3 Glasses D2 Vanguard
The current Virtual Reality market is over-flooding with so many different Head Mounted Devices (HMDs) that it has become a necessity to know about the product and choosing well before plunking ones hard earned cash on the table.
With China’s aggressiveness in the VR market, cheap China made VR devices have become readily available for purchase by anyone in the Western world. Brands such as Baofeng Mojing, DeePoon and BoboVR have made a name for themselves in the Chinese market. Most of these would cost half the price or even less compared to the HMDs manufactured in the West.
Enter the 3 Glasses D2 Vanguard VR headset. Priced at around 400USD, the Vanguard is a little more expensive than many China made headsets but considered as it is being sold in the West, the Vanguard is still around 200USD cheaper than the top 2 western brands.
The design is sleek and the headset comes in either streamlined white or all black. The straps provide good support for the 8.7-ounce headset that isn’t really heavy. Aside from the regular horizontal strap, a vertical one balances support holding the HMD firmly in place.
The D2 Vanguard has a 5.5-inch TFT-LCD display, with a resolution of 2,560 × 1,440 and a pixel density of 534ppi. That would be around 1080p in each eye, with a 110-degree field of view (FOV). However, unlike the top 2 brands (Vive and Oculus), the Vanguard only has around a 60 Hz refresh rate and somewhat offset by a 13-millisecond response time which definitely affects the quality of performance.
The headset however, doesn’t make use of positional tracking and doesn’t require positional cameras or Lighthouse trackers like the Oculus and Vive does. Instead, it makes use of a combination of accelerometers and angular rate sensors to be able to precisely measure head movement. The two lenses are non-spherical, and two sliders at the bottom adjusts the focus.
Also, the ports, HDMI, USB 2.0 and other connectors are located at the side of the headset and can be accessed by removing a protective panel. A circular controller is also located at the top of the headset.
Although setting up the D2 Vanguard is pretty much straightforward as far as hardware is concerned like connecting the various cables to a desktop PC which should automatically light up the LED Logo on the headsets faceplate upon power up, adjusting the performance settings in relation to the PC operating system requires more effort than usual.
First-off, the detailed setup instructions can only be accessed by viewing a YouTube video or downloading a PowerPoint file.
The D2 Vanguard currently works only with Windows 7, 8 and 10 and at present has no Apple Mac support. Also, the performance with using Windows 10 is sort of buggy and mired with a lot of technical issues. Even the set-up information given only focuses on both Windows 7 and 8.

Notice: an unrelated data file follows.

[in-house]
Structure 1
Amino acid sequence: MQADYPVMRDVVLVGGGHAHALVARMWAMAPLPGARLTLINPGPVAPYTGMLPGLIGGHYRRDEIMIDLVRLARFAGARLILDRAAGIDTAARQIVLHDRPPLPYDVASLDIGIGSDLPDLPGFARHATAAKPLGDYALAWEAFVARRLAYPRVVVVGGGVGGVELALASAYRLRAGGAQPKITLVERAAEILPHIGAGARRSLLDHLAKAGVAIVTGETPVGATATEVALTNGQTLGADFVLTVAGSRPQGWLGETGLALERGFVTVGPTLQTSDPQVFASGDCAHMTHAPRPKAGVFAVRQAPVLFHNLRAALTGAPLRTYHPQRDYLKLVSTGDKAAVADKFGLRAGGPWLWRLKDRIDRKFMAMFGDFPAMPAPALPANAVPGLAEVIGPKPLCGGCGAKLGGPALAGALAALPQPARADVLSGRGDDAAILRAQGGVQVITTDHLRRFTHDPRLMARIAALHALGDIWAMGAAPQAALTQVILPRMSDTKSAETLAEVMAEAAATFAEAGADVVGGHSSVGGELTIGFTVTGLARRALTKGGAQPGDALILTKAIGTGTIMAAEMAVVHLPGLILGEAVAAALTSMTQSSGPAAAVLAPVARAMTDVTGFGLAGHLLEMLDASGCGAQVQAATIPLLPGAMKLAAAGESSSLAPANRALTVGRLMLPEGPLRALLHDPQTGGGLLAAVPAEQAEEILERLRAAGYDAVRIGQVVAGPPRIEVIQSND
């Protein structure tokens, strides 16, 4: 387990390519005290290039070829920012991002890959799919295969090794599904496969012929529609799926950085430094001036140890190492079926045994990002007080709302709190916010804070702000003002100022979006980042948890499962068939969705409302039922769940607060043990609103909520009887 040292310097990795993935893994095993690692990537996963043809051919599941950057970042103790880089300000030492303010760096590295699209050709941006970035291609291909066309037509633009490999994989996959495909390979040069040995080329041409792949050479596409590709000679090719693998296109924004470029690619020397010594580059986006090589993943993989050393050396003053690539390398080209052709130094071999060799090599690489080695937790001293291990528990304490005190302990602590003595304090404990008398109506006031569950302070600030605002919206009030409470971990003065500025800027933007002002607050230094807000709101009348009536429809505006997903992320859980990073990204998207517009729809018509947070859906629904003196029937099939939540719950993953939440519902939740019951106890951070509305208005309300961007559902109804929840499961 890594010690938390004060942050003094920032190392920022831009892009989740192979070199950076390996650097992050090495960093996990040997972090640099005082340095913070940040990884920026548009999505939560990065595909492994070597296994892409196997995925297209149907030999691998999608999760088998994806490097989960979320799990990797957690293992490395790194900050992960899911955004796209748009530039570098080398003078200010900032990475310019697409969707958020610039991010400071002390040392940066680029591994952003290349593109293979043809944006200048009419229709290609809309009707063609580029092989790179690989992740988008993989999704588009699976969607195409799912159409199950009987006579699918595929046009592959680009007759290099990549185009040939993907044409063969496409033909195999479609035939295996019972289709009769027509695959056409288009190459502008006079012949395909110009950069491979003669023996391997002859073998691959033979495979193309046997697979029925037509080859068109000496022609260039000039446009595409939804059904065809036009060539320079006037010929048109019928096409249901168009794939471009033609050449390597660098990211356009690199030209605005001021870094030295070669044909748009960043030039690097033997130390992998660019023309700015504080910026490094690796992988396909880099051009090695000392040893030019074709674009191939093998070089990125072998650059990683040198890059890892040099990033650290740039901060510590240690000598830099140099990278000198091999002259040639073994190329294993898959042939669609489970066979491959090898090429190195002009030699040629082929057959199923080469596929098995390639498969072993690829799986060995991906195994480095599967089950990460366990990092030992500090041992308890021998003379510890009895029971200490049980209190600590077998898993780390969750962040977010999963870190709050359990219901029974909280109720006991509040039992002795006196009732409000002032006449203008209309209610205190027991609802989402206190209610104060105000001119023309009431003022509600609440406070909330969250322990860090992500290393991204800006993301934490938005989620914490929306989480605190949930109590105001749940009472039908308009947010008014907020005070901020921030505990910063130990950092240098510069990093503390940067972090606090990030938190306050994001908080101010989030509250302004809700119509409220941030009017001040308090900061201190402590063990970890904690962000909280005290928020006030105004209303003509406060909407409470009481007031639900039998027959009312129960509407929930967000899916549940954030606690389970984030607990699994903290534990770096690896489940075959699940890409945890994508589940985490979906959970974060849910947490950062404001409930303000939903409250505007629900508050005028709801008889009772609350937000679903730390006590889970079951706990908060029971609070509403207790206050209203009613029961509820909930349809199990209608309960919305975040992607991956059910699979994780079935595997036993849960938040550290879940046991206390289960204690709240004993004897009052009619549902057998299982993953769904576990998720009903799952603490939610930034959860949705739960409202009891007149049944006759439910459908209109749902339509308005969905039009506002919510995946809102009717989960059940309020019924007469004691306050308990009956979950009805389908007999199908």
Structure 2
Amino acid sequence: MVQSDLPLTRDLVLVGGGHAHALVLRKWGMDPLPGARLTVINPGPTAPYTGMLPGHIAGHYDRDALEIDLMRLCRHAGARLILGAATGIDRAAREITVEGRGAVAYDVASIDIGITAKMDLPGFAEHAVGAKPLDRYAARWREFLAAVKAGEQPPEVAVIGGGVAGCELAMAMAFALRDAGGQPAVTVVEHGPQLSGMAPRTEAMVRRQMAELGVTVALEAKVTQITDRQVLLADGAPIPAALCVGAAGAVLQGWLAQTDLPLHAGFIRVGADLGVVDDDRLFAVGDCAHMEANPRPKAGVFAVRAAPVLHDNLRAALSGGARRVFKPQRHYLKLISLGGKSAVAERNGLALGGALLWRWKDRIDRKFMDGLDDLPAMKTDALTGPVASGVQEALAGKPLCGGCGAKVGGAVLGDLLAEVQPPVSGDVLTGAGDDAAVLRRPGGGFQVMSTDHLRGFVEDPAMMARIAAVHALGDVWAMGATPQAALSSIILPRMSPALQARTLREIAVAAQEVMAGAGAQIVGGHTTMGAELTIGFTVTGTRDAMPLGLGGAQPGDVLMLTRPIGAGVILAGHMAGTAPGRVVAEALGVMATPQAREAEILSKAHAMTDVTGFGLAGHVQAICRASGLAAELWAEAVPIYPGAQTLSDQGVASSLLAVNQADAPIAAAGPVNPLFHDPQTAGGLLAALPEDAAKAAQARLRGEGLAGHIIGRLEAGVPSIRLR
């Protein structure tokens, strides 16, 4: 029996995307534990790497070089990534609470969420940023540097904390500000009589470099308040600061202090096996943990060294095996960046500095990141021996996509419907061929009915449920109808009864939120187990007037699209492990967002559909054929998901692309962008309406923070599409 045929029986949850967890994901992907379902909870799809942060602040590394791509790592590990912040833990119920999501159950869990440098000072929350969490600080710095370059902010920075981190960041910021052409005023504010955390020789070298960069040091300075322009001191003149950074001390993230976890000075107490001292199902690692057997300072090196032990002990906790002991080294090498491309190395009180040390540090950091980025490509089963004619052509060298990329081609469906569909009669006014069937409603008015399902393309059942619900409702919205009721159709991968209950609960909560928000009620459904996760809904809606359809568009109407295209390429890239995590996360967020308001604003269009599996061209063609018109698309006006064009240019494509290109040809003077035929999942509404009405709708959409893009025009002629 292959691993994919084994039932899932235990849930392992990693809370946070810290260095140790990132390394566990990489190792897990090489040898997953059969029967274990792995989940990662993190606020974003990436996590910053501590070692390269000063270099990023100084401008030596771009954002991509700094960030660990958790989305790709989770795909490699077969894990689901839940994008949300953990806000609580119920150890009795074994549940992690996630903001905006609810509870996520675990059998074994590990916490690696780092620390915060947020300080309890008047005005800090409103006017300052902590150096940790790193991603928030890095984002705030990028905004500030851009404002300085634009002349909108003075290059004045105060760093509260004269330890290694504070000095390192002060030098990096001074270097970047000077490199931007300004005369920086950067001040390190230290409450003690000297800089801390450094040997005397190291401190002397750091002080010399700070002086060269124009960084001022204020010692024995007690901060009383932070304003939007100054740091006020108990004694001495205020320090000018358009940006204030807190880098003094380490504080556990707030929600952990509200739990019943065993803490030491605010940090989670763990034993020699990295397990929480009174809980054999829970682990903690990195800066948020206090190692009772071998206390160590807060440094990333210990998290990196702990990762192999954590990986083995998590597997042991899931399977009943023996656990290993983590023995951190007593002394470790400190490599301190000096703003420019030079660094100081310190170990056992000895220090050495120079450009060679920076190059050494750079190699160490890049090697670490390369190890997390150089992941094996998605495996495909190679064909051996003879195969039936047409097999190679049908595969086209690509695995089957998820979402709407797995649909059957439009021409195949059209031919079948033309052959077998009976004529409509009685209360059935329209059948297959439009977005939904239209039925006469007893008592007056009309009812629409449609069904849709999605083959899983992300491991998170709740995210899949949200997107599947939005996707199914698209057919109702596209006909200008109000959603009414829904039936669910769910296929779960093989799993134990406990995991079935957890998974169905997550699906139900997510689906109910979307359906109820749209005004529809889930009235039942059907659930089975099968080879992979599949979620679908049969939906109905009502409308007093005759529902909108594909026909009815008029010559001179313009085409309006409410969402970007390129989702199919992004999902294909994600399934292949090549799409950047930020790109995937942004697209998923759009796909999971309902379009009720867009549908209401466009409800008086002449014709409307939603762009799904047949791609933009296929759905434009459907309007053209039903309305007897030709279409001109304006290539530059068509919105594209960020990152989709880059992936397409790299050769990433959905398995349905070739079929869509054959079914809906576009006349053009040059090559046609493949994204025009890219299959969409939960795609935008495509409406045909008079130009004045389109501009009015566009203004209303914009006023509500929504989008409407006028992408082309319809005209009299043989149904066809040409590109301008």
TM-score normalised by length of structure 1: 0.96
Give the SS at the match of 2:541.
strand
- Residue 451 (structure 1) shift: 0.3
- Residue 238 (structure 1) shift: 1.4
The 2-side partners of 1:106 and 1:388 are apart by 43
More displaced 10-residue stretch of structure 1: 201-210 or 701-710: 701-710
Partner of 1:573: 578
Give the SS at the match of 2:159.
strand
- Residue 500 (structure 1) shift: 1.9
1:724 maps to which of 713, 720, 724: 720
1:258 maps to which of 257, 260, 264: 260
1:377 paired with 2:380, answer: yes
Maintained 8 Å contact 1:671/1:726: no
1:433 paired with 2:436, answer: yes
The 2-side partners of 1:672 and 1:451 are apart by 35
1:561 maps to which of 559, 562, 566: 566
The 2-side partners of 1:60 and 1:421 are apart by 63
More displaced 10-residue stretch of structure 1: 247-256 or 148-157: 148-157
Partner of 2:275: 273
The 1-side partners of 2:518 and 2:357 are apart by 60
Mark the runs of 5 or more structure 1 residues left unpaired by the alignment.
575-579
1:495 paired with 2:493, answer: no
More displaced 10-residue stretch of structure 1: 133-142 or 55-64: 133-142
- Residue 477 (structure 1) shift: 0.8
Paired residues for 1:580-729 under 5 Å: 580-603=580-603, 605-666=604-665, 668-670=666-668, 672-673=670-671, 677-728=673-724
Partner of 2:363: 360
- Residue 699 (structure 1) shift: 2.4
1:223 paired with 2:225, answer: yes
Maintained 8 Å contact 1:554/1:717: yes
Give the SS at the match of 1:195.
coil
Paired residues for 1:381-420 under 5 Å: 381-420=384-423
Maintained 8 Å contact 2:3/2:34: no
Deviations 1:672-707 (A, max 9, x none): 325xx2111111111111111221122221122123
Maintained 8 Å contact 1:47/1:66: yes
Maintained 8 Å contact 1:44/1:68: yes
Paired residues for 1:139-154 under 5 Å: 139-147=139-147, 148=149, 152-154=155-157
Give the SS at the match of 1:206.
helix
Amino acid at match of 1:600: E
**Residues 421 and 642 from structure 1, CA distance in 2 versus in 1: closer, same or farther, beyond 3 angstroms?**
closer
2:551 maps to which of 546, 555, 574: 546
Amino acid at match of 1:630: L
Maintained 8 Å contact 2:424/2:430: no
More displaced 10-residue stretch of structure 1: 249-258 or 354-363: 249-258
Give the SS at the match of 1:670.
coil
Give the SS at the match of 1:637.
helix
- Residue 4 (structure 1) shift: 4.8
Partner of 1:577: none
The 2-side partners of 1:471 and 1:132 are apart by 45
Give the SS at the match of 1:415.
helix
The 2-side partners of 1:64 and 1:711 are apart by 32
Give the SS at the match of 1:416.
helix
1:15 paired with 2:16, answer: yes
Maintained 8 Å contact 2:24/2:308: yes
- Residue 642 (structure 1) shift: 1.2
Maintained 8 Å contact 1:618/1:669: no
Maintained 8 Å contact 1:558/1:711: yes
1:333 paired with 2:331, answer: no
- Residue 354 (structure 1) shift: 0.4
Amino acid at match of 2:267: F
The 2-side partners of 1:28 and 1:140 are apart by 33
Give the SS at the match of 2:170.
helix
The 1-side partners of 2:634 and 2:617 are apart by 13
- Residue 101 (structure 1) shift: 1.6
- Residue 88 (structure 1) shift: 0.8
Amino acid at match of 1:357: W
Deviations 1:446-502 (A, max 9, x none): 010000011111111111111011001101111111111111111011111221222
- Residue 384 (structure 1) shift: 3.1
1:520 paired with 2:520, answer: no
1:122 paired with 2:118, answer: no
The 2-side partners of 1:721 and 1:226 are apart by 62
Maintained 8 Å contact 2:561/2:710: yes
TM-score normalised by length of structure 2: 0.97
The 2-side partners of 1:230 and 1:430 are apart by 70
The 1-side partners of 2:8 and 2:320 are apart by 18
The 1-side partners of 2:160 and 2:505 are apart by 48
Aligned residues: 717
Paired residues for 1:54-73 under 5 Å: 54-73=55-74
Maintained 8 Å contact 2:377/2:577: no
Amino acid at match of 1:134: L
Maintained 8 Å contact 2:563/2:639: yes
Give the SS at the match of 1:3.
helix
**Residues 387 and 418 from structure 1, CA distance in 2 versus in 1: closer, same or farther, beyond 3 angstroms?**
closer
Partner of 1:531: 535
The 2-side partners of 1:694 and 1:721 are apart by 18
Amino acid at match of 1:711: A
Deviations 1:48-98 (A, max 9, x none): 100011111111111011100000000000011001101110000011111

The product uses its own specific app called the 3Linker which has to be downloaded. This manages both the software and content playback for the headset. However, after downloading the software, games and 360 Degrees video content from the 3Glasses website, you will still have to unpack them and add them manually into the Linker. Somehow, getting content to work requires a little more fiddling than usual.
As for content development, the company has its own SDK (Software Development Kit) made available to developers and the headset is also supposed to be compatible with the Oculus Rift Development Kit1(DK1).
As for availability, the company’s website provides several games and 360-degree video selections. Only 3 games where ready during the headsets initial release. ShowDown was the most awesome of the three with its super explosive action and mechanized opponent. ShooterGame was a fast paced immersive FPS game and lastly Lilith, a puzzle game of sorts. The games were played with the use of an Xbox One controller and via Mouse and Keyboard.
360-degree video content mostly featured landscape scenes in China and other nice point-of-view footages from hang-gliding to go-kart racing. Content from other VR sources may either run or not with the headset and all have to be accessed via a Windows PC. The company says that they are currently working with game developers in China and will be releasing around 8 new titles by the end of the year.
Unfortunately, regular PC games won’t work with the headset. Video would run and so would 2D content but whether they would perform well will depend and can only be verified through a trial and error process.
Overall, the headset can actually stand on its own merit though there seems to be no difference in performance as compared to the other mid-range headsets on the market. What more, the lack of compatibility and the number of content available seems to be the biggest factor in dragging the product’s viability down.
Sad to say, despite its cost-wise price as compared to both Oculus and Vive, the headset just doesn’t deliver a performance that can be at least acceptable in comparison with the two. Hopefully, if the company can fix the compatibility issues and have more content readily available, the 3 Glasses D2 Vanguard might be able to finally establish itself in the very competitive world of Virtual Reality.